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Original Contributions |

Prefrontal Cortex and Executive Function Impairments in Primary Breast Cancer

Shelli R. Kesler, PhD; Jamie S. Kent, MA; Ruth O’Hara, PhD
Arch Neurol. 2011;68(11):1447-1453. doi:10.1001/archneurol.2011.245.
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Objectives To examine differences in prefrontal-executive function between breast cancer (BC) survivors with and without a history of chemotherapy treatment compared with healthy control women and to determine the associations between prefrontal cortex deficits and behavioral impairments, as well as certain demographic and disease variables.

Design Observational study.

Setting University-based research facility.

Participants Twenty-five women with BC who had received chemotherapy, 19 women with BC who had not received chemotherapy, and 18 healthy female controls, all matched for age and other demographic variables.

Results Women with BC demonstrated significantly reduced activation in the left middle dorsolateral prefrontal cortex and premotor cortex compared with healthy controls. The chemotherapy group also demonstrated significantly reduced left caudal lateral prefrontal cortex activation and increased perseverative errors and reduced processing speed compared with the other 2 groups. Reduced left caudal lateral prefrontal cortex activation was significantly correlated with higher disease severity and elevated subjective executive dysfunction in the chemotherapy-treated women. Older age and lower educational level were associated with increased executive function impairment in the chemotherapy group.

Conclusions These findings provide further evidence of neurological impairment associated with primary BC irrespective of treatment history. The left caudal lateral prefrontal region may be particularly vulnerable to the effects of chemotherapy and/or disease severity and may represent a novel biomarker of subjective executive dysfunction in chemotherapy-treated women. Furthermore, negative effects of chemotherapy on brain function may be exacerbated by such factors as increased age and lower educational level.

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Figure 1. Combined axial overlays of within-group statistical parametric mapping results indicating similar profiles of functional brain activation during an executive function task across the 3 groups. Regions of significant activation included the bilateral cerebellum, the basal ganglia, the parietal lobe, and the dorsolateral prefrontal cortex. Activation for control individuals is shown in red, for the no-chemotherapy group in yellow, and for the chemotherapy group in violet. The numbers above the sections indicate axial coordinate position. Color bars show t score. Height threshold: P < .05, extent = 50 voxels, corrected for multiple comparisons. Overlays were created using MRIcron software (http://www.cabiatl.com/mricro/mricron/index.html).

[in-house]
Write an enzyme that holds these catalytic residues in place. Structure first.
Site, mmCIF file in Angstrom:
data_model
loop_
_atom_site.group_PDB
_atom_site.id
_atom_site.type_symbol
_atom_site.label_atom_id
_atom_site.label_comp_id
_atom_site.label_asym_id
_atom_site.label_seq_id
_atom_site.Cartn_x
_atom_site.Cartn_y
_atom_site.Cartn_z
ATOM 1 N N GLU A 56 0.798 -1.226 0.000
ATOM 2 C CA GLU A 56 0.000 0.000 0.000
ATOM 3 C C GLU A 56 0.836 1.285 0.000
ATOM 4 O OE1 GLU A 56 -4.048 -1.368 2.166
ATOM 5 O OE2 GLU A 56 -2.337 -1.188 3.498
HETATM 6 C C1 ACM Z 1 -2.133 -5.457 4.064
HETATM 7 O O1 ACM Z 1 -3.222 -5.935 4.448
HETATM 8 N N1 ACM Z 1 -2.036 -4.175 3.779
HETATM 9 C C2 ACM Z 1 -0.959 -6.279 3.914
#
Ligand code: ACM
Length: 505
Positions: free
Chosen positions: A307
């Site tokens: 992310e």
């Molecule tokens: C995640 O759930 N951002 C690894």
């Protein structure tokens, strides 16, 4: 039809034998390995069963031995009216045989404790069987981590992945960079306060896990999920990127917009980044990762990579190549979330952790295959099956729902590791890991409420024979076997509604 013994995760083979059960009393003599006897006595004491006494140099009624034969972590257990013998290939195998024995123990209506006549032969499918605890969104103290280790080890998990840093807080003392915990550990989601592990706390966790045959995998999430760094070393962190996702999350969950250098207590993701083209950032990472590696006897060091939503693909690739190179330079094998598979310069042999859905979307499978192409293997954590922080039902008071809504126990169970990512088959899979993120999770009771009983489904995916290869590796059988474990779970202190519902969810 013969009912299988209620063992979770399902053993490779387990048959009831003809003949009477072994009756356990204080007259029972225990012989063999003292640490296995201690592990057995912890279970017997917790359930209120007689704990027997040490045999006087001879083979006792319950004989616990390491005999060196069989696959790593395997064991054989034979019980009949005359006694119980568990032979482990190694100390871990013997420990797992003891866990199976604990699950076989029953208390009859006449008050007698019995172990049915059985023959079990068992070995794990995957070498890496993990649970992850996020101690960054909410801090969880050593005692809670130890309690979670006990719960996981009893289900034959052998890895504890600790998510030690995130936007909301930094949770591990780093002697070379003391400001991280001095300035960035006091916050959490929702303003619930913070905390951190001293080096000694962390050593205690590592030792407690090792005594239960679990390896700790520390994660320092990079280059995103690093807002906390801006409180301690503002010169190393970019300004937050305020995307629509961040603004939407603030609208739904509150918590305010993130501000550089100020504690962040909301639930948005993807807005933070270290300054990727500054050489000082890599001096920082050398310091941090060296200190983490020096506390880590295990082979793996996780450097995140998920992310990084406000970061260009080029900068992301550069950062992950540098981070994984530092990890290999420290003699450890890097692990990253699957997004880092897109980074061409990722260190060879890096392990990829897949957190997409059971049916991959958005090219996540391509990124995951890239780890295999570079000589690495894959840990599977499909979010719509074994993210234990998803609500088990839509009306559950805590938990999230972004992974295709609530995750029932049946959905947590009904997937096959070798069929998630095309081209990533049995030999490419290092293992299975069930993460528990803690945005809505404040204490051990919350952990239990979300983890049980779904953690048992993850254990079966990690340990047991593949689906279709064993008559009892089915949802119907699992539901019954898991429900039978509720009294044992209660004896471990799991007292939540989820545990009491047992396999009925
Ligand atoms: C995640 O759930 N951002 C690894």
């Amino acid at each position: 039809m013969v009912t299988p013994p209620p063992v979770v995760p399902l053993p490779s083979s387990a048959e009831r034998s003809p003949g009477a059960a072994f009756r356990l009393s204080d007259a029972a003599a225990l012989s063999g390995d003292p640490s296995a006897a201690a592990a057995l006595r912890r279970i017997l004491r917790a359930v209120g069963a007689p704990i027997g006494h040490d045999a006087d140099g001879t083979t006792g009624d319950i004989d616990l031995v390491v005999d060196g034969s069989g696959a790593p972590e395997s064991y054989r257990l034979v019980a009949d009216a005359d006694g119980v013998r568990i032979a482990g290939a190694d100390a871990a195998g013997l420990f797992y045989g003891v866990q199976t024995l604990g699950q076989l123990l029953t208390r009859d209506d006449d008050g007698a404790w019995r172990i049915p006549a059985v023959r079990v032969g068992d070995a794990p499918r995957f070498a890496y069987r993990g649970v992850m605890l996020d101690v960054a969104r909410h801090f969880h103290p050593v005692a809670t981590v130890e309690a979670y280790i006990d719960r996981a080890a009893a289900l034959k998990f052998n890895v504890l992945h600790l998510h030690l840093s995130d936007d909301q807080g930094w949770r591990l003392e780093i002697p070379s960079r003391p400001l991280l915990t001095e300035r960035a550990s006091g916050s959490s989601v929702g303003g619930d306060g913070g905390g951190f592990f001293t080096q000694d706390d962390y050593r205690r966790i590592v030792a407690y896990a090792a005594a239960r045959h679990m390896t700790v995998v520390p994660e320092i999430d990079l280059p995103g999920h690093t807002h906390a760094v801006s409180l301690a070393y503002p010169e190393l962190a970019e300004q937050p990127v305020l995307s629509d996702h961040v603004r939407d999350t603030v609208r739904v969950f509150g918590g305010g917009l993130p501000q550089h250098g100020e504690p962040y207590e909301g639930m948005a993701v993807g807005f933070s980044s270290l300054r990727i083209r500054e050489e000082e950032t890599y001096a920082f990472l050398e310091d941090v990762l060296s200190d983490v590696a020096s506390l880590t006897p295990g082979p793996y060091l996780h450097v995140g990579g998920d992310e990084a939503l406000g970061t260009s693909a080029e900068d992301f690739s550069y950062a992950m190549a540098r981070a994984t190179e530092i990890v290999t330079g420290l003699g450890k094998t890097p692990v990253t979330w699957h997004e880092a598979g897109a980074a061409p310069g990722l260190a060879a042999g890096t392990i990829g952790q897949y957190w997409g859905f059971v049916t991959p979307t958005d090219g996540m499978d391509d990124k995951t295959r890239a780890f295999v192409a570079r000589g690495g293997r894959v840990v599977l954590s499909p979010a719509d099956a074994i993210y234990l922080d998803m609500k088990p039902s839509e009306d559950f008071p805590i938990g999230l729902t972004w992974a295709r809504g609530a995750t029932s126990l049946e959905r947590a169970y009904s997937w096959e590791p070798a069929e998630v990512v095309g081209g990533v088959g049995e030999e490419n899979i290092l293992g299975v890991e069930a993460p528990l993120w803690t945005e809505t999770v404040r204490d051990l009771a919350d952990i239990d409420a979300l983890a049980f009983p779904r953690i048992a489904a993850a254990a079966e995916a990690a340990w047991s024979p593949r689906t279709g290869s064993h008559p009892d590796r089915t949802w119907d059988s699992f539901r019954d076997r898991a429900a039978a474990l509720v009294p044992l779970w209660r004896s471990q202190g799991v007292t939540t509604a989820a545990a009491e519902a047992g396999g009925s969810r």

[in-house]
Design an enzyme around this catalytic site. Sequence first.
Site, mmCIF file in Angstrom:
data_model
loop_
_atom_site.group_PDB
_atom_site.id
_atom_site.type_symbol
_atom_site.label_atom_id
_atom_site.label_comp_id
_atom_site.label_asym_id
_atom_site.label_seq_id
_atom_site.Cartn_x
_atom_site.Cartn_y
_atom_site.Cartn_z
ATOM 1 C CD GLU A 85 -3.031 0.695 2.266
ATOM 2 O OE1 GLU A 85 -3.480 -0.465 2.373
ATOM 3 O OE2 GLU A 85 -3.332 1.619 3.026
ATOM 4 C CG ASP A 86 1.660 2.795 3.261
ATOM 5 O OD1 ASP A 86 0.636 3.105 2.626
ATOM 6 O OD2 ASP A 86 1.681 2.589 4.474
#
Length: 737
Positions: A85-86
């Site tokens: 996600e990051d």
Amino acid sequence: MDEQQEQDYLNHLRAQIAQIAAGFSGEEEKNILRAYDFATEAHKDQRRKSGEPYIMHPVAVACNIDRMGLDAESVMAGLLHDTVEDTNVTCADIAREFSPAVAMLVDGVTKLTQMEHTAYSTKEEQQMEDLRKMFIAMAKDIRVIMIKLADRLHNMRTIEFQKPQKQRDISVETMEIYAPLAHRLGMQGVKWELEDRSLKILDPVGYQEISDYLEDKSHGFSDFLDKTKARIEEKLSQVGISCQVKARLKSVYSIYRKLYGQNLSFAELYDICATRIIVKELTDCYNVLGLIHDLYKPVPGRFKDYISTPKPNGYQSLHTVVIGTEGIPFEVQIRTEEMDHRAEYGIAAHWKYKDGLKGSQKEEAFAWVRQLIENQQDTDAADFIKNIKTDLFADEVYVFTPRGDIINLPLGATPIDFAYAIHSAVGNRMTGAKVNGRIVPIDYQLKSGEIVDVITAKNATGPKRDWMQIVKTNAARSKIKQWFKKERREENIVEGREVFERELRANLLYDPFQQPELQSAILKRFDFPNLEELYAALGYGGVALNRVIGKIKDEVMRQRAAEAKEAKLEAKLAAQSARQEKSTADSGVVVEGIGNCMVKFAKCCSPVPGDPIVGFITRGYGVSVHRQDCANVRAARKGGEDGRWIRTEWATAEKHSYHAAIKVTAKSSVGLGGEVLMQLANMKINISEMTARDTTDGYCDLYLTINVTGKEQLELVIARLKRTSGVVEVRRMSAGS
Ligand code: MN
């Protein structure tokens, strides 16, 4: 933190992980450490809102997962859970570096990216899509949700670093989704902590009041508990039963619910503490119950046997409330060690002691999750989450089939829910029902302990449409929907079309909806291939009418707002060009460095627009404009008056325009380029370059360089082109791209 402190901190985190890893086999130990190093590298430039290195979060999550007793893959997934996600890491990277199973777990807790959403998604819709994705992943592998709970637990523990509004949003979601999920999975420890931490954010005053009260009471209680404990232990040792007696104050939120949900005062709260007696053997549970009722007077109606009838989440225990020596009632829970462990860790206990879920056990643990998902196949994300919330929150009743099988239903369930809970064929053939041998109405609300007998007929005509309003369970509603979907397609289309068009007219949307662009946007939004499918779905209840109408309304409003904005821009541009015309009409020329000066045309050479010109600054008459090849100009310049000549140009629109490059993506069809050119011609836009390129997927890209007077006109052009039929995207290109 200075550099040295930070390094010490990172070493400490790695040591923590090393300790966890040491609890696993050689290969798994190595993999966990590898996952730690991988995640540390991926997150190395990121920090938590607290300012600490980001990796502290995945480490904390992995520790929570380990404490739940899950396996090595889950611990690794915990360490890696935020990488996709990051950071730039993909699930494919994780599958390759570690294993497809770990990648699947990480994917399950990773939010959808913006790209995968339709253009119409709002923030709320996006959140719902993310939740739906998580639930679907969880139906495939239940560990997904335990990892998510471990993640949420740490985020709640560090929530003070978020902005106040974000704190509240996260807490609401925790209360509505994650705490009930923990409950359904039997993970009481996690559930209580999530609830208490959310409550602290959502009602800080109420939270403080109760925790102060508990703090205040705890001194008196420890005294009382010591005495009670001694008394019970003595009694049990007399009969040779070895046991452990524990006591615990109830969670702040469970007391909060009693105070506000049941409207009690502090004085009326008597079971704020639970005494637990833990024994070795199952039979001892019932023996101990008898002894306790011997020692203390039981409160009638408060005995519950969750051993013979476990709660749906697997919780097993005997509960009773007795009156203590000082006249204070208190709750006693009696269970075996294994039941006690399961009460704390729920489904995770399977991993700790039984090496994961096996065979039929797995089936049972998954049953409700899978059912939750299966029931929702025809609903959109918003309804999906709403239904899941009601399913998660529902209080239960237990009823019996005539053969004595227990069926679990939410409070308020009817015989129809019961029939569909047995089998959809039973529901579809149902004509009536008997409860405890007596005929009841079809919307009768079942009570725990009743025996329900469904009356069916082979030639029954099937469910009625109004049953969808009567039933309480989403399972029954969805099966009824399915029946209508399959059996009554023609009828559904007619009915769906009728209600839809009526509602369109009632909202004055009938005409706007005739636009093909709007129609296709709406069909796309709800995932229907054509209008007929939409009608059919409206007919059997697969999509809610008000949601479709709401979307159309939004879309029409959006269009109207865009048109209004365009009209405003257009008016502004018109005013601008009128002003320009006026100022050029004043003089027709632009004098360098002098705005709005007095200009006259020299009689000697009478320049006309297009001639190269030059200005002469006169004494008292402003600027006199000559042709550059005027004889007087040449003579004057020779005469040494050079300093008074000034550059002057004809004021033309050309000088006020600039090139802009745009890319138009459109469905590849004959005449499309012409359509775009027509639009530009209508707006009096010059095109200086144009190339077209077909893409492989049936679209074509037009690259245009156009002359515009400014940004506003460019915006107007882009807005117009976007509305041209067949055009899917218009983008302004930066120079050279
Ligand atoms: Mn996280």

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Figure 2. Axial overlays of statistical parametric mapping results indicating regions of significant between-group difference in brain activation. Female survivors of breast cancer demonstrated significantly reduced activation, irrespective of treatment history, during an executive function task compared with age-matched healthy controls in the left middle dorsolateral prefrontal cortex (Brodmann area [BA] 10/46; Montreal Neurological Institute [MNI] coordinates, −28, 28, 16; F = 8.2; cluster size = 711) (A) and the left medial frontal cortex (BA 6; MNI coordinates, −16, 2, 52; F = 5.7; cluster size = 58) (B). The chemotherapy-treated group also showed significantly reduced activation in the left caudal lateral prefrontal cortex compared with controls and the no-chemotherapy group (BA 8; MNI coordinates, −26, 16, 52; F = 5.9; cluster size = 120). Crosshairs show peak cluster location. The number in red at the top right of each section is the axial coordinate position. L indicates left; A, anterior. Color bars show the F statistic. Height threshold: P < .05, extent = 50 voxels, corrected for multiple comparisons. Overlays were created using MRIcron software (http://www.cabiatl.com/mricro /mricron/index.html).

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